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Van driver who killed cyclist was distracted by Instagram and Facebook, court hears

Simon Draper says it was his 13-month-old son who was using the phone when he hit and killed off-duty police sergeant Lynwen Thomas on the A40 last February

A van driver was distracted by Facebook and Instagram when he hit and killed a cyclist, a court has heard.

Simon Draper denies causing death by dangerous driving, but accepts causing the death of off-duty police sergeant Lynwen Thomas by careless driving after he crashed into her in a collision on the A40 in Carmarthenshire last February, Wales Online reports.

Appearing at Swansea Crown Court, the 37-year-old denies he was using his phone and says he had given it to his 13-month-old son in the back of the Ford Transit to "soothe" the toddler.

Mr Draper says he looked back "for a split second" and did not see the cyclist, who a witness reported had an "extremely bright" and "very, very obvious" rear light, smashing into the rider and causing fatal injuries.


Opening the case, barrister Carina Hughes said the driver had been "distracted" by his phone at the time of the collision and that an examination of the device showed WhatsApp, Instagram and Facebook had been used in the minutes before the crash.

The court heard that at 6.42pm, Instagram was closed and Facebook opened for the final time, one minute before the collision with Ms Thomas, and that throughout use the phone was held vertically, never in landscape orientation.

Ms Hughes argued the standard of driving was beyond careless and met the criteria for dangerous driving. She added that Mr Draper was not in "adequate control of his vehicle", something for which "Lynwen Thomas paid the ultimate price".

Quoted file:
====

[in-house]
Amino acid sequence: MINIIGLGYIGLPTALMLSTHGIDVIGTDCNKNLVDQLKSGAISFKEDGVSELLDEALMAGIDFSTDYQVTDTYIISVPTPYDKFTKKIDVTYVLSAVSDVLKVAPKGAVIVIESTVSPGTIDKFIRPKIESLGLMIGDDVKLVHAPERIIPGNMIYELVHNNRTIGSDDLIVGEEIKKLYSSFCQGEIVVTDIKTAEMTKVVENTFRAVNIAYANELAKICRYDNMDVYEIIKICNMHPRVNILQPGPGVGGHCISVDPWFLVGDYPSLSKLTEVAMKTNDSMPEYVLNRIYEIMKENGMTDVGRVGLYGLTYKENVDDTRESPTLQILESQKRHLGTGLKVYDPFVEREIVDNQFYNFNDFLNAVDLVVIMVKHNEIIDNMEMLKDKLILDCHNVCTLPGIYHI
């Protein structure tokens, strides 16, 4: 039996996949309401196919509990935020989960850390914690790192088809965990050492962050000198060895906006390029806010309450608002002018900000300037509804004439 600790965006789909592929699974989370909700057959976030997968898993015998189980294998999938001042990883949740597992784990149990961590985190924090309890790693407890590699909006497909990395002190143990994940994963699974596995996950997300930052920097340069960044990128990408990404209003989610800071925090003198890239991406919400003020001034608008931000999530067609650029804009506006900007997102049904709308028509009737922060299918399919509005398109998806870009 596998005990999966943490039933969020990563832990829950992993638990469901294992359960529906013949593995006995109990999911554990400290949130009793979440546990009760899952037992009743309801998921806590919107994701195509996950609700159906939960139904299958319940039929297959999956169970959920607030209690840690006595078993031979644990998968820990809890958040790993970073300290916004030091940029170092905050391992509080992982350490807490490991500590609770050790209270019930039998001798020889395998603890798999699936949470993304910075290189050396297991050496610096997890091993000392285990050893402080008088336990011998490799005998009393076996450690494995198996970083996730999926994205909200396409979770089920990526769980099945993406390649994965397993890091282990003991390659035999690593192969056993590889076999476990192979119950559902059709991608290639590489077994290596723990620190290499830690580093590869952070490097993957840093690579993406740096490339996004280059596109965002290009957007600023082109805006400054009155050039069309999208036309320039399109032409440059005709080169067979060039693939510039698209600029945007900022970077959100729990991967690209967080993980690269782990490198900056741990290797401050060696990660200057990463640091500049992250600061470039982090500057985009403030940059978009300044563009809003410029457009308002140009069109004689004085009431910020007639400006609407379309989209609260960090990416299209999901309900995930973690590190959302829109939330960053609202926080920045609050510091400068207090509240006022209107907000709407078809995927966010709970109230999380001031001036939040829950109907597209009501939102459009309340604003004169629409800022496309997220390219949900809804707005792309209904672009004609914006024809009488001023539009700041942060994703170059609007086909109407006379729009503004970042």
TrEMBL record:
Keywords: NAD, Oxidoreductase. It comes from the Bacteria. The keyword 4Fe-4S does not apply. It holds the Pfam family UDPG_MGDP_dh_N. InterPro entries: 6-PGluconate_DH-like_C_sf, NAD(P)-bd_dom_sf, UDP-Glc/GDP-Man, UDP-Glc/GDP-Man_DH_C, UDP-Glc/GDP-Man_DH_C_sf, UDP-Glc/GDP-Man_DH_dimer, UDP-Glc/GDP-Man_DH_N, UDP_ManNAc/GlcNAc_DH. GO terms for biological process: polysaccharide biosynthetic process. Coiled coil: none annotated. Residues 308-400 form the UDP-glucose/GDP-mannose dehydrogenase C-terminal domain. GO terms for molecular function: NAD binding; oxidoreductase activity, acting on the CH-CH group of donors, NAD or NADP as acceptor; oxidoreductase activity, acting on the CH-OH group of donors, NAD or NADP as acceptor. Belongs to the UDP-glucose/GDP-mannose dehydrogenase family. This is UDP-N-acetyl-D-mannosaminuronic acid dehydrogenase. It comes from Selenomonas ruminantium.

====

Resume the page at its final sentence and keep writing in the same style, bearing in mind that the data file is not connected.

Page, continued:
Following arrest Mr Draper answered 'no comment' to all police questions but provided a statement saying he had not been in possession of the phone when he hit the cyclist and it was with his son.

Expert evidence was heard in court from paediatrician Mohammed Rahmen who said a child of 13 months would be unable to double tap the home button on a phone and their movements would be "random" as they do not have the mental capacity or dexterity to use a device in such a way.

The paediatrician also raised doubts about whether a toddler of that age could hold a phone in one hand while using the device with the other.

A passenger travelling in the car behind Mr Draper's van at the time of the collision told the court she saw the van move across the inside lane towards the right-hand lane of the dual carriageway in a "distracted" manner.

Dash cam footage from Ashley Croaker's vehicle was also played to the court. Miss Croaker reported "several times" when the vehicle crossed the solid white line on the left-hand side of the road.

After a "good five minutes" the witness said they heard a bang and saw a white light from the rear of the van. Miss Croaker's description of the van crossing the solid white line was challenged by defence barrister Tim Evans who also questioned the paediatrician's assessment, saying a child would be able to double tap a phone button and prompting an admission that there are currently no published papers about young children's ability to operate mobile phones.

Please note comments on this story are closed, the trial continues.

Dan is the news editor and has spent the past four years writing stories and features, as well as (hopefully) keeping you entertained on the live blog. Having previously written about nearly every other sport under the sun for the Express, and the weird and wonderful world of non-league football for the Non-League Paper, Dan joined in 2020. Come the weekend you'll find him labouring up a hill, probably with a mouth full of jelly babies, or making a bonk-induced trip to a south of England petrol station... in search of more jelly babies.

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